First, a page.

Some have asked: "Is this closure due to credit crunch/economic downturn?" I doubt it, personally. I think it is more likely that, the parent company, had a plan - probably with a timeline of less than 2 years - to explore the (.... no... make that "a") possible future of journalism. It was never part of their plan to keep The AvaStar running indefinitely. Indeed, they may well have expected it to collapse after only a few months. It is to their credit, then, that they kept it running for as long as 2 years.

I have to say that, as a Second Life resident, this departure feels like (another) kick in the teeth. This kick was compounded when researching this piece, by stumbling upon an article in The AvaStar, describing the closure of the Geek Squad sim. By way of closing this piece, I will give you a link to that article. Geek Squad did not close because of the reasons given above, and I think this article (and ones like it) should give you good reason to regret the passing of The AvaStar.

Saturday, 11 October 2008

Galonge and the effect of web2.0

Not a big post, this one... In fact, it's really just an excuse to show you some of my travel snaps. The subject is the strange, mythical sim of Galonge. However, before I wheel out my snaps, I think some context is in order - hence the title of this post.

As regular readers are surely aware, I use Flickr for storing the many snaps I take on my virtual travels. A day or so ago, I got a new follower, hidenori glushenko, and so I checked out his profile in order that I could add him in return, and check out his pictures. In the course of this, I found the Galonge group on Flickr - and saw a familiar name: Ravenelle Zugzwang, real life wife of everybody's favourite Linden, Torley. Following my 2.0 route, I got a link to this post on Ravenelle's blog - and stared, in awe, at the photo of 2 huge, elongated giraffe-like creatures, reminding me strongly of Dali's painting of the Temptation of St Anthony, which features elephants with grossly out-sized giraffe legs. I got the SLURL from Flickr and hurried along as soon as I could.

, like the Flickr group, is Japanese in origin. It is described as: "a mysterious unknown civilization in Second Life. (like ancient Egypt or Roma or any old civilization)" - which is fair enough, though the architecture reminded me more of native American Hopi design. I have no idea what the funding model might be for this sim - or the rationale for its existence... and I don't really care. There's a few shops, but nothing that would make tier. There's also some unusual freebies... like your very own Sun god! I just thought that, as it was a really nice sim that caught my eye, I would tell you about it.

Oh.. and finally - here's the snaps!
My thought on this is: While the 2.0 chase was more convoluted than it needed to be, how would I have fared in a 1.0 web?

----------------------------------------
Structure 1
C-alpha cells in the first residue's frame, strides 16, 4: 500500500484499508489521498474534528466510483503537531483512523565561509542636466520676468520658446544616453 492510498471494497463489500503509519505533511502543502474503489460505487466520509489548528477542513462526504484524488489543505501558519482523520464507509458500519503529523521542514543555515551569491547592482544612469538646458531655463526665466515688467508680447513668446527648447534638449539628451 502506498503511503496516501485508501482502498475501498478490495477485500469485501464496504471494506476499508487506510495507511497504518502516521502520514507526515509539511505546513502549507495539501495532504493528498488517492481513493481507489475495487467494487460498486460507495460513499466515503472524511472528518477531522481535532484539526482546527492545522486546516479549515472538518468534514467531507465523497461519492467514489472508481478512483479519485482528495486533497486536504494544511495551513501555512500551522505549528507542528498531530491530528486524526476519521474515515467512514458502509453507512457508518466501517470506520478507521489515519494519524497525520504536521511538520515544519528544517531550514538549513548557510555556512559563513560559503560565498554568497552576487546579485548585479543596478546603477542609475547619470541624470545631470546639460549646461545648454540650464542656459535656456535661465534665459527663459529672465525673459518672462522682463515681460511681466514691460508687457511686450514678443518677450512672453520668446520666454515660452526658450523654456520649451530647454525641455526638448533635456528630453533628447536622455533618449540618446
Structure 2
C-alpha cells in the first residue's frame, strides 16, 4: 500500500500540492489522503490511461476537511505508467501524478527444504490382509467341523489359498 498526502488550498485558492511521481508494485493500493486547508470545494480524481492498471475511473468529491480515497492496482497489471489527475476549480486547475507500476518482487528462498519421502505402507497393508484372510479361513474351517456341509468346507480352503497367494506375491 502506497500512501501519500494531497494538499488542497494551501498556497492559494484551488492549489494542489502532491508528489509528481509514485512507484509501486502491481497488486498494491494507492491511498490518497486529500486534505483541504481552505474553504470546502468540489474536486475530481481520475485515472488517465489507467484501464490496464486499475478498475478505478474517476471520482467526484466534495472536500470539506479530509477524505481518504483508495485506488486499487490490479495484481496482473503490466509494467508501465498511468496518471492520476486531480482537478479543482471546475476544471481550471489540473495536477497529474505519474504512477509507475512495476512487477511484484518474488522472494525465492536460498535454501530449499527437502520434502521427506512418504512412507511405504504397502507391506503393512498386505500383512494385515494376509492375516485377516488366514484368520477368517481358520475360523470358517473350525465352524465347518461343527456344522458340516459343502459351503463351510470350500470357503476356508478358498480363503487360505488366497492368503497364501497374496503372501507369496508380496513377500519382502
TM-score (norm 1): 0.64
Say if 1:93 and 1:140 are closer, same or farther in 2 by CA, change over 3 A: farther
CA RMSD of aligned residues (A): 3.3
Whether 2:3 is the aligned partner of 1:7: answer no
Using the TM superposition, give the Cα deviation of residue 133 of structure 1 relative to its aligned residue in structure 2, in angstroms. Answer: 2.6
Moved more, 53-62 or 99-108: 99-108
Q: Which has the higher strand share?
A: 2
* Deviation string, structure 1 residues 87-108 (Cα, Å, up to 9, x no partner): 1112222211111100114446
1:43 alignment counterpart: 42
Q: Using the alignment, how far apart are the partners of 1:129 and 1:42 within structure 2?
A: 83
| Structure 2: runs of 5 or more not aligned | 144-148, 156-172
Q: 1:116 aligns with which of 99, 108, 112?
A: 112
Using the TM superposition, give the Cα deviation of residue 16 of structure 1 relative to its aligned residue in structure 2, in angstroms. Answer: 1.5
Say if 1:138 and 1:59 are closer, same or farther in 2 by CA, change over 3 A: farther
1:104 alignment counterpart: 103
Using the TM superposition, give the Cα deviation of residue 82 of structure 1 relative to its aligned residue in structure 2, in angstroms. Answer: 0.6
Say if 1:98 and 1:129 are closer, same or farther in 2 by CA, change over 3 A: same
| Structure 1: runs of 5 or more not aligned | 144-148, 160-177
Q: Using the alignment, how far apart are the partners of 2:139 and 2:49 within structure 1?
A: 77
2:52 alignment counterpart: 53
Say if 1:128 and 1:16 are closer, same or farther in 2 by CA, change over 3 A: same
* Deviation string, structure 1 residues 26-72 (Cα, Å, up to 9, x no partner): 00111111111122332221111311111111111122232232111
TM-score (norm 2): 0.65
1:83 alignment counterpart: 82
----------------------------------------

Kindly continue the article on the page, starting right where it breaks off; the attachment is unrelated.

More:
Thursday, 9 October 2008


I was first alerted to this sim by an article in that veritable treasure trove of virtual tittle-tattle, Virtual Worlds News. There have been precious few atomic world companies coming into Second Life recently, so I was intrigued to read: "The French retail company Boulanger announced today [October 7th] the opening of a store in Second Life with development and planning help from IBM Research and Global Business Services. The goal is to complement Boulanger's physical stores and website with an additional distribution channel and additional services. Initially the build allows users to view and interact with Boulanger objects in a familiar context, click to be taken to the purchase page on a website, watch service and repair videos, or talk directly to a maintenance aide." Wow...! An IBM build! Given IBM's continuing large presence in Second Life, and its cutting edge use of this and other virtual worlds, the prospect was mouth-watering.

But first - a little about Boulanger. Actually, for once Wikipedia has let me down, but I will plough on. Boulanger is a general electrical retailer in France, selling anything from kitchen white goods to mp3 players and consumer electronics. The British equivalent would be someone like Currys. Joining the dots, this would suggest that their outlets are largely out-of-town, in large retail parks. What is clear is that the Second Life build has a particular purpose - to promote their recently opened store at Englos, an arrondisment of Lille, in the North of France. It ties in with - and indeed provides links to - a dedicated website.

I was not able to leg it down to the Boulanger3D sim immediately, and I chose to avoid the details of the Mindblizzard post, so I could arrive fresh and without preconceptions (albeit, with some expectations). I finally pottered along to the sim today and... well... where do I start?

IBM described their aims for this build as: "[to] develop a community aspect through the 3D universe and propose new services (configuration of kitchen, cooking lessons, guides, etc.) -- while integrating the three complementary distribution channels." On arrival, there is a large guest book, where you can post comments - so that suggests some interaction between the island and the visitor. Oddly, the guest book is at the arrival point, when you are least likely to have anything to say - but let's skip over that.